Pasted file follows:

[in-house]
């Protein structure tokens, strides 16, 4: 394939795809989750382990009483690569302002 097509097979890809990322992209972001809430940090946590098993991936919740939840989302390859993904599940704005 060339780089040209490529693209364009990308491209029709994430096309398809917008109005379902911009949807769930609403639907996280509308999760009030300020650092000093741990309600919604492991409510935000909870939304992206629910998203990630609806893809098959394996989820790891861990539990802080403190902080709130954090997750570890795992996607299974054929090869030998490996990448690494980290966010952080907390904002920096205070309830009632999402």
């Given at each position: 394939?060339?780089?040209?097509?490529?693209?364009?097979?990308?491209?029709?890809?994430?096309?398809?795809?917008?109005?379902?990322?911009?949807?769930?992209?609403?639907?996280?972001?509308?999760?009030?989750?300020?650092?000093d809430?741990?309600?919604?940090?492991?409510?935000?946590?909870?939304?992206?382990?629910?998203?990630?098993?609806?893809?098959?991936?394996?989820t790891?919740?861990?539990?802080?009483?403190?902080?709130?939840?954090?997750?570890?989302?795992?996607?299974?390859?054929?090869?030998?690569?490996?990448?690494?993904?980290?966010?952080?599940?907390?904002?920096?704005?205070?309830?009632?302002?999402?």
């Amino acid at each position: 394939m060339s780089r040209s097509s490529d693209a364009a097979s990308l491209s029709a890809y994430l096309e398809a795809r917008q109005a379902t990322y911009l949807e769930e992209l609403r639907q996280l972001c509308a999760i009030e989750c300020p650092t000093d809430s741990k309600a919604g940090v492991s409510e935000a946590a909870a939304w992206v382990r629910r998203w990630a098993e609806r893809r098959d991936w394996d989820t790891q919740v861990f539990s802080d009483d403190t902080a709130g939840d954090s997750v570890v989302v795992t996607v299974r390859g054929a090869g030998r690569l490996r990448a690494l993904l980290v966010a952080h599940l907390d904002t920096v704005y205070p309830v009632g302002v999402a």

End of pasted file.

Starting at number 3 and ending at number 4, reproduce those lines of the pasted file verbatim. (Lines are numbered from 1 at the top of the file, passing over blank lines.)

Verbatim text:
């Given at each position: 394939?060339?780089?040209?097509?490529?693209?364009?097979?990308?491209?029709?890809?994430?096309?398809?795809?917008?109005?379902?990322?911009?949807?769930?992209?609403?639907?996280?972001?509308?999760?009030?989750?300020?650092?000093d809430?741990?309600?919604?940090?492991?409510?935000?946590?909870?939304?992206?382990?629910?998203?990630?098993?609806?893809?098959?991936?394996?989820t790891?919740?861990?539990?802080?009483?403190?902080?709130?939840?954090?997750?570890?989302?795992?996607?299974?390859?054929?090869?030998?690569?490996?990448?690494?993904?980290?966010?952080?599940?907390?904002?920096?704005?205070?309830?009632?302002?999402?």
């Amino acid at each position: 394939m060339s780089r040209s097509s490529d693209a364009a097979s990308l491209s029709a890809y994430l096309e398809a795809r917008q109005a379902t990322y911009l949807e769930e992209l609403r639907q996280l972001c509308a999760i009030e989750c300020p650092t000093d809430s741990k309600a919604g940090v492991s409510e935000a946590a909870a939304w992206v382990r629910r998203w990630a098993e609806r893809r098959d991936w394996d989820t790891q919740v861990f539990s802080d009483d403190t902080a709130g939840d954090s997750v570890v989302v795992t996607v299974r390859g054929a090869g030998r690569l490996r990448a690494l993904l980290v966010a952080h599940l907390d904002t920096v704005y205070p309830v009632g302002v999402a």